What is Big Think?  

We are Big Idea Hunters…

We live in a time of information abundance, which far too many of us see as information overload. With the sum total of human knowledge, past and present, at our fingertips, we’re faced with a crisis of attention: which ideas should we engage with, and why? Big Think is an evolving roadmap to the best thinking on the planet — the ideas that can help you think flexibly and act decisively in a multivariate world.

A word about Big Ideas and Themes — The architecture of Big Think

Big ideas are lenses for envisioning the future. Every article and video on bigthink.com and on our learning platforms is based on an emerging “big idea” that is significant, widely relevant, and actionable. We’re sifting the noise for the questions and insights that have the power to change all of our lives, for decades to come. For example, reverse-engineering is a big idea in that the concept is increasingly useful across multiple disciplines, from education to nanotechnology.

Themes are the seven broad umbrellas under which we organize the hundreds of big ideas that populate Big Think. They include New World Order, Earth and Beyond, 21st Century Living, Going Mental, Extreme Biology, Power and Influence, and Inventing the Future.

Big Think Features:

12,000+ Expert Videos

1

Browse videos featuring experts across a wide range of disciplines, from personal health to business leadership to neuroscience.

Watch videos

World Renowned Bloggers

2

Big Think’s contributors offer expert analysis of the big ideas behind the news.

Go to blogs

Big Think Edge

3

Big Think’s Edge learning platform for career mentorship and professional development provides engaging and actionable courses delivered by the people who are shaping our future.

Find out more
Close
With rendition switcher

Transcript

Question: How would you solve the problems facing our nation?

Lindsey Graham:  Three things I would do if I were king, one, I’d be benevolent, but firm, and I don’t expect to be king.  But I would like the country to look at entitlement reform in a serious way.  Now, what do I mean by that?  When I look at America, I don’t see an under-taxed nation, I see a nation struggling to create jobs in a global economy that’s changed forever and we’re over-promising as a nation.  We made promises to future generations we can’t keep.

So what would I do if I could?  I would sit Republicans and Democrats down and fix social security, because that is eminently doable.  I would change the age of retirement.  We’re living longer, that’s the good news.  The bad new is these entitlement programs haven’t had the age adjusted.  So I would move the age somewhere in the 69 range, slowly over time, for people under 55.  I would not affect people on social security or near retirement.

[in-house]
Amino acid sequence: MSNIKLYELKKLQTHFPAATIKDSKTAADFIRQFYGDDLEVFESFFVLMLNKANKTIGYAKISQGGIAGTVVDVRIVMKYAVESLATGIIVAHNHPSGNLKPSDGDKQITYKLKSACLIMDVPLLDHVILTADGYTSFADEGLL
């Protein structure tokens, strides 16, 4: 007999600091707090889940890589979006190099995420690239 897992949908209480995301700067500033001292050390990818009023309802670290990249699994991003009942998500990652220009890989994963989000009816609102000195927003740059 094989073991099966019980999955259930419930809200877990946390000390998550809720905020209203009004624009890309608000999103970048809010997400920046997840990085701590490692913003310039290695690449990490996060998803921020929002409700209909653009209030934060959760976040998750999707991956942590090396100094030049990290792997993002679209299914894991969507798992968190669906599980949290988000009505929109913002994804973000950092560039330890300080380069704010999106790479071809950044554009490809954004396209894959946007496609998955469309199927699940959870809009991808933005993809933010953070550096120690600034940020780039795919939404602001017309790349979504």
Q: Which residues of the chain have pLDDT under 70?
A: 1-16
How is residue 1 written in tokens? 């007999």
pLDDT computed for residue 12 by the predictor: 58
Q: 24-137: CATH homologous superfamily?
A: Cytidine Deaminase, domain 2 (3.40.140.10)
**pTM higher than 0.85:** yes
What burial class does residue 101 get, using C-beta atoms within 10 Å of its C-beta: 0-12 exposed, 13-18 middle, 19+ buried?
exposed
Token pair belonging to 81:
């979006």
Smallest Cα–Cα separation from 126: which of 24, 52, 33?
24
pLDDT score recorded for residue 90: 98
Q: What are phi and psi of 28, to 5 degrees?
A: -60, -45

I would also ask people of my income level to take less in benefits, because the promises we’ve made to future generations of Americans are unsustainable.  We’ve got 3 workers for every social security retiree today; in 20 years we’ll have 2.  When I was born in ’55, we had 16 for every retiree.  So we’re having less people and more retirees living longer.  So I would adjust the age and I would recalculate benefits for people in my income level. 

The second thing I would do for the country is I would create a legal infrastructure that would allow our country to be at war, but within our values. The CIA no longer interrogates terror suspects.  I’m not for waterboarding, but I’m also not for taking the CIA out of the interrogation business.  The Army Field Manual is the only document we have now to interrogate enemy combatants, people suspected of terrorism.  Somewhere between the Army Field Manual, which is published online, and water boarding, which I think is a bad way to interrogate people, we should find a middle ground, allow the CIA to do enhanced interrogations within our values, but not tell the enemy what’s coming their way.

I would make sure that Khalid Sheikh Mohammed, the mastermind of 9/11 is tried in military commissions. He’s been held under the law of war for six or seven years, I think it’s a mistake to put him in civilian court.  We’re at war, we’re fighting a war, not a crime.

Which leads me to energy policy.  We use more Mideast oil today, we’re dependent on Mideast oil today, than we were before 9/11.  That’s a national security nightmare. So what I’d like to do, is the third thing, is to become energy independent, create jobs in low carbon technologies, like wind, solar, and nuclear, and the third thing is clean up the air.  If my generation of political leaders could break our dependency on foreign oil, create a low-carbon economy that would allow America to develop technology and create new jobs for future generations, and pass on to the future generations cleaner air, that would be a pretty good use of my time. 

Recorded December 1, 2010
Interviewed by Alicia Menendez

More from the Big Idea for Friday, December 17 2010

 

If Lindsey Graham Were King

Newsletter: Share: